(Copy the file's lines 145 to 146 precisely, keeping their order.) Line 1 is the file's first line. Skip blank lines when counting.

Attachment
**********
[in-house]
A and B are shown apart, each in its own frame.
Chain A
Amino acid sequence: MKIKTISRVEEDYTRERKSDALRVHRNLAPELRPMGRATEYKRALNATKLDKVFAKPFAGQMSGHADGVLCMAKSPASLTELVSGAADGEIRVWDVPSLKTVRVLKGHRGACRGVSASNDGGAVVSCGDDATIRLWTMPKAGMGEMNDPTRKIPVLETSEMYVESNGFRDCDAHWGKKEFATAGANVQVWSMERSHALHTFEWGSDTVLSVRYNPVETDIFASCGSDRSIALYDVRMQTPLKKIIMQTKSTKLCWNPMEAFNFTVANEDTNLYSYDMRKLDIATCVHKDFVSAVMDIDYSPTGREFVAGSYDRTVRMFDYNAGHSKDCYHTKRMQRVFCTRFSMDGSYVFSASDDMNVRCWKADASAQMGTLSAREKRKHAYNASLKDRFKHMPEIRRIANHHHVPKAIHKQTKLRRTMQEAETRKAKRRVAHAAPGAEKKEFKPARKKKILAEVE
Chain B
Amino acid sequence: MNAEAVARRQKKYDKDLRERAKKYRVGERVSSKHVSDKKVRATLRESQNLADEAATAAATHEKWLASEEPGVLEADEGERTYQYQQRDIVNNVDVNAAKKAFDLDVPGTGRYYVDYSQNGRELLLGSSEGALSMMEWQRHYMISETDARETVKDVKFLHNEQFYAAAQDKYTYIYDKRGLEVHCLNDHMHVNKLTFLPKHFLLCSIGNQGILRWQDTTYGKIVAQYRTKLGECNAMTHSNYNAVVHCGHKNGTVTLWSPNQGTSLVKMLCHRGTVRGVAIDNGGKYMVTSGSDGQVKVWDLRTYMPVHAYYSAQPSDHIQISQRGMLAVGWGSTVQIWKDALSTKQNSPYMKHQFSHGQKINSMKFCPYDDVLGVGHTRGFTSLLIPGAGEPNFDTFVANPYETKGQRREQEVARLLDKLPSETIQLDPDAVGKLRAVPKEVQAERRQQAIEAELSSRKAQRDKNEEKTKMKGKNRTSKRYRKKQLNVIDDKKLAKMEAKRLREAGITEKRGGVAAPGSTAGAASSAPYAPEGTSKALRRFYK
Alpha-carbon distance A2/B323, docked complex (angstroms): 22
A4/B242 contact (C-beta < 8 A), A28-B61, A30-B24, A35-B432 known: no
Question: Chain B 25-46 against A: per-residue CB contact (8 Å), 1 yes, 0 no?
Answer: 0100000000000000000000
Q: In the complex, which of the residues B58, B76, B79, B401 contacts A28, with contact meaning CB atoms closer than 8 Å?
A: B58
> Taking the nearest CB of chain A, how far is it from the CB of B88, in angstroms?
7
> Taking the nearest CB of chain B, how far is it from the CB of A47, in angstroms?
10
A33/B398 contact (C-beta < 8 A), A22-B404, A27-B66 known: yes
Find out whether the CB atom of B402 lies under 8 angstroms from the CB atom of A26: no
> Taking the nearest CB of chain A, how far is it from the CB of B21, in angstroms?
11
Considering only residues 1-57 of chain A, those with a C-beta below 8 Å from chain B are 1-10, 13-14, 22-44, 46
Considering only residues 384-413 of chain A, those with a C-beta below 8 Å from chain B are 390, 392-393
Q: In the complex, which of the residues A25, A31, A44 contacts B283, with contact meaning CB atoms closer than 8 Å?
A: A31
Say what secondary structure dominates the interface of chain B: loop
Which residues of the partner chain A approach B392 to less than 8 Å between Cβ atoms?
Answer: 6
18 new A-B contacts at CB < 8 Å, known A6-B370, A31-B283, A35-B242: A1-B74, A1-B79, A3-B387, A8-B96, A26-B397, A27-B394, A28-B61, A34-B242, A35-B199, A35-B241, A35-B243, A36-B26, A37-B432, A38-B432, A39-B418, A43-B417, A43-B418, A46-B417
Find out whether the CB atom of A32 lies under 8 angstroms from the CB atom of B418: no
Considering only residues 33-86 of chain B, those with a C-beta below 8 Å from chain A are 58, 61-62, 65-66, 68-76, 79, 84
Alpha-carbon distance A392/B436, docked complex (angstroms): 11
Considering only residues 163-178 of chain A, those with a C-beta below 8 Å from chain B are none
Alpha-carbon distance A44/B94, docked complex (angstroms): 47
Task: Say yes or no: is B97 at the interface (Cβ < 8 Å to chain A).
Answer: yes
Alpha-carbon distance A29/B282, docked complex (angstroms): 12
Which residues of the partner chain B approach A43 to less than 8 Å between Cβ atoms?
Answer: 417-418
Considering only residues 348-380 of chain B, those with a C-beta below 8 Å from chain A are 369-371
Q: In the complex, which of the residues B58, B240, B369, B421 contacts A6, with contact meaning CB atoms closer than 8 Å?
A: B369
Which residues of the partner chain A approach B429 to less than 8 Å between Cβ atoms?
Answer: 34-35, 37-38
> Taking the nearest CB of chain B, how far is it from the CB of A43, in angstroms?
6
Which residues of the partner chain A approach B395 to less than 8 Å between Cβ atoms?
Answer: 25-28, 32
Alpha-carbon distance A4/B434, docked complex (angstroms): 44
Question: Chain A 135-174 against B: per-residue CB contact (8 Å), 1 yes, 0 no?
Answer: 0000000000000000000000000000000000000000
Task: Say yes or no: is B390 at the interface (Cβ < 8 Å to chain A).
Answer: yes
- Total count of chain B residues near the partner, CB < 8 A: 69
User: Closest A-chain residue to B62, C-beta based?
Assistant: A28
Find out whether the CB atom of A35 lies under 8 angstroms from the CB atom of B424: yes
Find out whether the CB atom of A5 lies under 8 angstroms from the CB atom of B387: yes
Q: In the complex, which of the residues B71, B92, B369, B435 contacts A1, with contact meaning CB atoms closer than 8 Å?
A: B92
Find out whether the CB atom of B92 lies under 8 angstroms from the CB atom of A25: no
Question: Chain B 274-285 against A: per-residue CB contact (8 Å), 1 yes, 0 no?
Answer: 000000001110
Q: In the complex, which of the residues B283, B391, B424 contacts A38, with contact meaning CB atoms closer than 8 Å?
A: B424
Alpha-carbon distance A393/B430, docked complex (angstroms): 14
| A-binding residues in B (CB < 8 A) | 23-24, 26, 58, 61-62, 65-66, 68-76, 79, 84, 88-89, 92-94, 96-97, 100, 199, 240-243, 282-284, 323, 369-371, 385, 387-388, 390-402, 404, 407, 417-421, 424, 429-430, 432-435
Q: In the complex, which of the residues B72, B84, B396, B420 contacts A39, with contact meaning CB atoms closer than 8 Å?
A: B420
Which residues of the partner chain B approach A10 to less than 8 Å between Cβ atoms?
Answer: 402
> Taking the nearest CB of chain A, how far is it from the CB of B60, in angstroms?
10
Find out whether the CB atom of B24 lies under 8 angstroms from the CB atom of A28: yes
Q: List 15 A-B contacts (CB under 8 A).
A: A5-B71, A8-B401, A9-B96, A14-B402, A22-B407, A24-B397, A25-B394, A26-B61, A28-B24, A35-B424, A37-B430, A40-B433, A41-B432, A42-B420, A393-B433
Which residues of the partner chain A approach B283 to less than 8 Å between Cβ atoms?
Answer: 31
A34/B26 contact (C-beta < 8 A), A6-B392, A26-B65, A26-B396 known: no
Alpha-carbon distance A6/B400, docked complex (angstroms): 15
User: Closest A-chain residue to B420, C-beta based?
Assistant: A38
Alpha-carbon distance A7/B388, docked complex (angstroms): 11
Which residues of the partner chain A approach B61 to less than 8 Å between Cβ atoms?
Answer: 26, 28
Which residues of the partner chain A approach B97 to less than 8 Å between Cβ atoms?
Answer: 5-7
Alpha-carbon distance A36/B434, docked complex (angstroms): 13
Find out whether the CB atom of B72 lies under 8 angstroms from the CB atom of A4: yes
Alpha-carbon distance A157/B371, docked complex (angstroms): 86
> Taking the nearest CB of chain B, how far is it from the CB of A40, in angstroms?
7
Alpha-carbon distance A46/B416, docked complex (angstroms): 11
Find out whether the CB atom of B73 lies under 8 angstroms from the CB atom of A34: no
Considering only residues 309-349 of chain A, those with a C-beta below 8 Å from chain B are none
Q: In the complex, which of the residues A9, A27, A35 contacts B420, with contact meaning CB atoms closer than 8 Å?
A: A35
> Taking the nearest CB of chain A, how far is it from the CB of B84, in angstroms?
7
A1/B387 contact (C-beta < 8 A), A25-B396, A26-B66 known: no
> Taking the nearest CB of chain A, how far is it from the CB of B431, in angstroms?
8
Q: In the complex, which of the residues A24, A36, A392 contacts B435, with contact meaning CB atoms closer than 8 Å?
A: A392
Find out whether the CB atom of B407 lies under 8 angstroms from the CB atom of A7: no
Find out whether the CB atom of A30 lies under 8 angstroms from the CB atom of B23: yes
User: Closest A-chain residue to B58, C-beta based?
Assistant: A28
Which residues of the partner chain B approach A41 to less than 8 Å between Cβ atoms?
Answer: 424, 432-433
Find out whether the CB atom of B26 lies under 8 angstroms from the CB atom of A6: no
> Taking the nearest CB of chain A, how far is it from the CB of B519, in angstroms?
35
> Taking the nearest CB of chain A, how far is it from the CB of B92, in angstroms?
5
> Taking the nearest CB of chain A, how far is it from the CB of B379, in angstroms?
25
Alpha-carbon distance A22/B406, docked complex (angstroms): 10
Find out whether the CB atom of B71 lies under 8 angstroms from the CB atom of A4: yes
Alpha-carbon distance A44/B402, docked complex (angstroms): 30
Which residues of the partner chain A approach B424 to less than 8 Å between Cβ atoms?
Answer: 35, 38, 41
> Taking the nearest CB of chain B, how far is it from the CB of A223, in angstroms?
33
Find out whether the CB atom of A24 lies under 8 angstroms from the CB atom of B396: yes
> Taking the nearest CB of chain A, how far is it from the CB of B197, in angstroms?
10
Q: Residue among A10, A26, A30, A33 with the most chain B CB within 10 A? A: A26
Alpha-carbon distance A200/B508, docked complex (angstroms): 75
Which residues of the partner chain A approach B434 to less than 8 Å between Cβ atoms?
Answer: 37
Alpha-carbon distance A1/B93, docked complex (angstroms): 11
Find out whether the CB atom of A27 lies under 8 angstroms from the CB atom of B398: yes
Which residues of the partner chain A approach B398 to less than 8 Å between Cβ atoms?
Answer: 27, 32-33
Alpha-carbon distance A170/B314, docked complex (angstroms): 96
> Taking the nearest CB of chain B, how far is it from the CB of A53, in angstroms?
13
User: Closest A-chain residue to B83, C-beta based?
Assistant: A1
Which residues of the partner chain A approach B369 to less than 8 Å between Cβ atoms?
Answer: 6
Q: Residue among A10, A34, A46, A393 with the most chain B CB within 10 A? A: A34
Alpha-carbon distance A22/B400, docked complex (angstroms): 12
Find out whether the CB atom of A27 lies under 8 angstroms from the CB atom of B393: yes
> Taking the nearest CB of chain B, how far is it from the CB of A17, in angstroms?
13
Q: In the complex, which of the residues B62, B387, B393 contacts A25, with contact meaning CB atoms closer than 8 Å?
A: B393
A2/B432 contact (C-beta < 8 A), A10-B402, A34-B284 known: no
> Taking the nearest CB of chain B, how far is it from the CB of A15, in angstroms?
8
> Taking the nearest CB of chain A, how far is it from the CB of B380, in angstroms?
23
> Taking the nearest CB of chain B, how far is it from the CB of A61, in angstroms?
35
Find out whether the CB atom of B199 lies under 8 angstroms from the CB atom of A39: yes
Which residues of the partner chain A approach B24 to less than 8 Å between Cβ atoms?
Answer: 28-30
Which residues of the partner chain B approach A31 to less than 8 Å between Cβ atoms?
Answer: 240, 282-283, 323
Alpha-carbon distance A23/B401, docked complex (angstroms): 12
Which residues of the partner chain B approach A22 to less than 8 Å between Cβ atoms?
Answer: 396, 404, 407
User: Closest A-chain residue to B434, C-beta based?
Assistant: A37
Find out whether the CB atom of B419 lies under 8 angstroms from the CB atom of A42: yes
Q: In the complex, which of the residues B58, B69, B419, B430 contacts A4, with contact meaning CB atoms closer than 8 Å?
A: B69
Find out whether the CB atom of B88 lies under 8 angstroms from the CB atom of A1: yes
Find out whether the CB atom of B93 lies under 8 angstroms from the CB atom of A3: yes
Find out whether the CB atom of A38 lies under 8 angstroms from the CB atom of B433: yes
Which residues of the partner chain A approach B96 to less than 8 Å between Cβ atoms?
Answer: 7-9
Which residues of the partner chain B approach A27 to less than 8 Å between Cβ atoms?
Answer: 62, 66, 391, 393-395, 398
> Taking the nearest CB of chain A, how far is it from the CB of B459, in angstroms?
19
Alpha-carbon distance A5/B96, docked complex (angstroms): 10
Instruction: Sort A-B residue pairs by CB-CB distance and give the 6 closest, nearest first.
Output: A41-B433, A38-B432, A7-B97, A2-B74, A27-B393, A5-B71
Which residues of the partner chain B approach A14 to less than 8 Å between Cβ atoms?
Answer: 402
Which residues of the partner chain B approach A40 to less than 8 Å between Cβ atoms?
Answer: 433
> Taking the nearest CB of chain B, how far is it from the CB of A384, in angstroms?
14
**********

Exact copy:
> Taking the nearest CB of chain B, how far is it from the CB of A17, in angstroms?
13